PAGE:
What is it about Trichomonas' physiology that allows activity against it from Metronidazole, but doesn't result in toxicity in humans?
- Trichomonads possess organelle called hydrogenosome; not possessed in humans
- Used to metabolise pyruvate to gain energy, releasing hydrogen (hence the name)
- Metronidazole is activated in the hydrogenosome, leading to nitroso (NO) free radical
What are some key facts re. the intestinal protozoa, Giardia lamblia?
(Resides? Infective stage? Symptoms?)
- AKA G. duodenalis, or G. intestinalis
- Resides in small intestine; most common protozoan isolated from faeces
- Infection from cysts
- Does not penetrate epithelium; often asymptomatic (local infection, does not disseminate)
- Not specific to humans; can infect other animals
What are the symptoms of Giardia lamblia infection (when symptomatic)?
- Chronic or acute diarrhoea
- Abdominal cramps
What is the Giardia lamblia life cycle, and how does this relate to its infection of humans?
- Cysts are resistant forms of the Giardia; responsible for transmission of giardiasis.
1) Cysts are 'hardy'; can survive several months in cold water. Infection occurs via ingestion of cysts in contaminated food, water, or by faecal-oral (hands or fomites)
2) In the small intestine, excystation release trophozoites (each cyst producing 2)
3) Trophozoites multiply by binary fission, remaining in lumen of small intestine by ventral sucking disk to mucosa
4) Encystation occurs as parasites transit towards colon
5) Cysts mainly passed in non-diarrhoeal faeces. Trophozoites also passed; but they do not survive the outside environment
What is unique about Giardia's structure that prevents its loss in diarrhoea?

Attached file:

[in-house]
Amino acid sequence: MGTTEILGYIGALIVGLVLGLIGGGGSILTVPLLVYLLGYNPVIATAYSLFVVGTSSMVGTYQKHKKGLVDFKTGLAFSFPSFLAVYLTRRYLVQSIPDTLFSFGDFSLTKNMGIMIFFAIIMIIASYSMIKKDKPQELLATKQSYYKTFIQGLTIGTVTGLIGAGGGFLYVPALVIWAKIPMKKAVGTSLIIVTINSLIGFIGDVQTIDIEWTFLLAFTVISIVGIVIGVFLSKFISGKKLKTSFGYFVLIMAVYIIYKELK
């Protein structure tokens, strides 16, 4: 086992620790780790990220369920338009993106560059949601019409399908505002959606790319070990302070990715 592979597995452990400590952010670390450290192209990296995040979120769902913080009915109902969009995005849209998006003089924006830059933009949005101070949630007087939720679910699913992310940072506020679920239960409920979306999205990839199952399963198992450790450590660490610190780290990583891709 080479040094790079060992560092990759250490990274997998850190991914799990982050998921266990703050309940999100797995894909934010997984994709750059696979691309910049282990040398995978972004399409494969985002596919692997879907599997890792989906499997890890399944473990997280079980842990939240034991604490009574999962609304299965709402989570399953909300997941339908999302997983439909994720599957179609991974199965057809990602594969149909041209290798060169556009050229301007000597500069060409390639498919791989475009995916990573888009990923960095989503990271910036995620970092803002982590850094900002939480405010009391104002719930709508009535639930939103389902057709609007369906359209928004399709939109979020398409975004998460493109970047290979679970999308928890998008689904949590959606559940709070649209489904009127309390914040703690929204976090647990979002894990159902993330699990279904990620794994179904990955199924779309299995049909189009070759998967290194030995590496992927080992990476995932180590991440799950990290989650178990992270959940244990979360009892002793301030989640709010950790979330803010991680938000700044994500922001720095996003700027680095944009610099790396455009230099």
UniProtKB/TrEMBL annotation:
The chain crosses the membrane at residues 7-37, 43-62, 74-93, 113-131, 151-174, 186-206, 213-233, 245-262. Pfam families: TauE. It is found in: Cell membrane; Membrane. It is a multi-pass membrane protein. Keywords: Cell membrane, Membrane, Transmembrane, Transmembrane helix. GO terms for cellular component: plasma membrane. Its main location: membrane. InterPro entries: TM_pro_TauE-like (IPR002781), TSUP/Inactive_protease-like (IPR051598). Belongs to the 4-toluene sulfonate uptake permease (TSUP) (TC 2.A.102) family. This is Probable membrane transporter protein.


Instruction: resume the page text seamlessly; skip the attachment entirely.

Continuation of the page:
- Ventral sucking disk/adhesive disk
- Allows trophozoite to remain attached to the intestinal brush border of the small intestine
- Strong attachment 'like glue'
How is giardiasis infection diagnosed? Why is one not always reliable/requires repeating?
- Copromicroscopical examination; detection of cysts in stool by microscopy (wet mounts or stains)
> Not always reliable as intensity of cyst output can vary greatly
> THUS, 3 stools need to be taken with intervals of at least 2 days
- Enterotest; gelatin capsule containing nylon string taped to patient face and swallowed.
> Retrieved after 4 hours - overnight
> Distal (end) of string scraped and used for wet mount microscopy and permanent slide staining
> Gelatin dissolves in stomach, nylon string unwinds
>>> More reliable than boggo stool examination
Why is giardiasis underdiagnosed in the UK?
- Myth of it being a disease that is only contracted abroad
- ONLY 3000-4000 reported cases annually to PHE
- Incidence likely to be much higher; but usually not looked for if patient does not have recent travel history
How is giardiasis infection treated?
- Metronidazole given over multiple days = 85% cure rates (same drug as used for Trichomonas vaginalis
• Tinidazole single dose
• Quinacrine (antimalarial, also antiprotozoal)
• Paromomycin (broad spectrum aminoglycoside antibiotic; not absorbed, remains in the gut [where parasite is]; also can be used during pregnancy)
What are the key facts WRT Entamoeba histolytica? 'tissue destruction'